Yesterday, this link read:
June 8 (Bloomberg) — The U.S. economy probably will emerge from the recession by September, Nobel Prize-winning economist Paul Krugman said.Today, the very same page reads:
“I would not be surprised if the official end of the U.S. recession ends up being, in retrospect, dated sometime this summer,” he said in a lecture today at the London School of Economics. “Things seem to be getting worse more slowly. There’s some reason to think that we’re stabilizing.”
June 9 (Bloomberg) -- Nobel Prize-winning economist Paul Krugman said damage from the U.S. recession may persist “for a very long time,” with no clear engine for renewed growth.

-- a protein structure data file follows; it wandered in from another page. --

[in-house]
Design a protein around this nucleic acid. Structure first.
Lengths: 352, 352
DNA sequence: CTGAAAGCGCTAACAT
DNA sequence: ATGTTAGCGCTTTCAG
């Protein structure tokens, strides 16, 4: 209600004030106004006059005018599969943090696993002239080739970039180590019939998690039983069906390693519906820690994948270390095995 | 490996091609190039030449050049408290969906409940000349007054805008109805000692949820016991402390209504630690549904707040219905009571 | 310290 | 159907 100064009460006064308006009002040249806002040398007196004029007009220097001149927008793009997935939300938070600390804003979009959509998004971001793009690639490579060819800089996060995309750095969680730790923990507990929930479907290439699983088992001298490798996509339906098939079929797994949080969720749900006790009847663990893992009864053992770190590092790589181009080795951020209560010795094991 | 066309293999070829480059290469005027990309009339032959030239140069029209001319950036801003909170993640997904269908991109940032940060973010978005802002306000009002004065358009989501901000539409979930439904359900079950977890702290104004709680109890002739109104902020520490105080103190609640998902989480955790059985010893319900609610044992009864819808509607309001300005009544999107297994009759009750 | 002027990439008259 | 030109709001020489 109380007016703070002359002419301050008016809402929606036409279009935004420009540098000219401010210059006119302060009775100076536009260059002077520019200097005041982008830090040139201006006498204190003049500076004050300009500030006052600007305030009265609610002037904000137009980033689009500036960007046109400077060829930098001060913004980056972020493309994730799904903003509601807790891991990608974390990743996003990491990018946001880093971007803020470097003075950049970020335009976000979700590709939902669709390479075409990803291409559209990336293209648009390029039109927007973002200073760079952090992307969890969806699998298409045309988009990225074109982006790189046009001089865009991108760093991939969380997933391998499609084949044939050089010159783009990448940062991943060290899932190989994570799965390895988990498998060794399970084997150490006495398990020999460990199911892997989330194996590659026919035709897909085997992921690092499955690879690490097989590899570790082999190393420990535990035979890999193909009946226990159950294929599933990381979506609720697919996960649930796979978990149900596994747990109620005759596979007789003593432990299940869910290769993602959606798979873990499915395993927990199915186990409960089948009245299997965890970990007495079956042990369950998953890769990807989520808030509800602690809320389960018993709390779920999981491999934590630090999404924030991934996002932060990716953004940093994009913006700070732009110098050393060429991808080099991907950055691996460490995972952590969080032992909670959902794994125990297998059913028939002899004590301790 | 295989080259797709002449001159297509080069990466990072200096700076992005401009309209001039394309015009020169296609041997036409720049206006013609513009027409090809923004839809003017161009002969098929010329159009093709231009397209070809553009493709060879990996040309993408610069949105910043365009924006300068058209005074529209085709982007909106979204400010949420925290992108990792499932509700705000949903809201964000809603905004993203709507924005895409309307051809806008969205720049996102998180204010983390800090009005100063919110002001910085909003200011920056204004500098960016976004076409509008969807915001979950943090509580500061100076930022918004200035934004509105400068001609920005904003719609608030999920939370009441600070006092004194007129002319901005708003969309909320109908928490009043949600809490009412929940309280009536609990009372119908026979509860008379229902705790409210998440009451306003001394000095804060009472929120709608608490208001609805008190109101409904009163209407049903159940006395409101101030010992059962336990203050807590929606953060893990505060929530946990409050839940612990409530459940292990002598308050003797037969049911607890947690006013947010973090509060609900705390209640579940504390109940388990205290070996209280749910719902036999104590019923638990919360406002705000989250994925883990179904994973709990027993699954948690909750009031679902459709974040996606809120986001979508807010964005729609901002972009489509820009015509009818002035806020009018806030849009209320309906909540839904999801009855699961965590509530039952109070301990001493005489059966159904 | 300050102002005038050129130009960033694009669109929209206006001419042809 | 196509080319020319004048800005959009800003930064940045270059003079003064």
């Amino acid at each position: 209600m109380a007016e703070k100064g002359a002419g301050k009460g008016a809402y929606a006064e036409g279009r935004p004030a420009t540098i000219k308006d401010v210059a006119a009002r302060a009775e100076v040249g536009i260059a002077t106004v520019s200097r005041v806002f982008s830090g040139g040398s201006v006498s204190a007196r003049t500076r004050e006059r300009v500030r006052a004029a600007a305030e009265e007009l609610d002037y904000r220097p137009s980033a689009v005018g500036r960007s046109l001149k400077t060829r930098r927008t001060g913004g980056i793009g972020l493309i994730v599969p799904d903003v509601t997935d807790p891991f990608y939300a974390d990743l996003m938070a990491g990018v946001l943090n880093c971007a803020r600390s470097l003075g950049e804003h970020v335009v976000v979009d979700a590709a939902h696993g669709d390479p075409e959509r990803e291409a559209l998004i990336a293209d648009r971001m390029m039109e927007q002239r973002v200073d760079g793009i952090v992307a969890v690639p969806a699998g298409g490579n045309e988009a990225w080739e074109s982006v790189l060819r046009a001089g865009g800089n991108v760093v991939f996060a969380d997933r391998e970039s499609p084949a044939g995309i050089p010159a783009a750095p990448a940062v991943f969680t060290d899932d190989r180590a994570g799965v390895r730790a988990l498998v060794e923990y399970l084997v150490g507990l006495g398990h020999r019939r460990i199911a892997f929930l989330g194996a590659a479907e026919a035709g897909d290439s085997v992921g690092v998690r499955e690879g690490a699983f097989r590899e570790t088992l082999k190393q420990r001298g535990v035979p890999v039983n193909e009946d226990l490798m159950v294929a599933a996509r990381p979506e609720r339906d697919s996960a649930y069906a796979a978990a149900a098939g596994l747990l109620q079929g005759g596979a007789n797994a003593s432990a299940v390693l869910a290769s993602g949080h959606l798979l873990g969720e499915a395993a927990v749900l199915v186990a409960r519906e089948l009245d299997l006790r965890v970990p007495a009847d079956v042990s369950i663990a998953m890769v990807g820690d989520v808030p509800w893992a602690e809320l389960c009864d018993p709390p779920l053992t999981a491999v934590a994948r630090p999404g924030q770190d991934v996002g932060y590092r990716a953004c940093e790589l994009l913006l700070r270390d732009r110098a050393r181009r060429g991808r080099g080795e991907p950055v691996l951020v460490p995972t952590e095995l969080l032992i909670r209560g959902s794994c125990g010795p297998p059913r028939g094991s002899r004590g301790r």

“I’m really quite scared that we could muddle along,” Krugman said in a lecture today at the London School of Economics and Political Science. “I really do see the possibility of a global version of the Japanese ‘lost decade’ without the prospect of an export-led recovery. This could be unpleasant for a very long time.”
Saturday, June 13, 2009
What a Difference a Day Makes
The blog Knowing and Making has two posts dedicated to Paul Krugman's recent lecture at the LSE. Among much good commentary, I thought this part was interesting: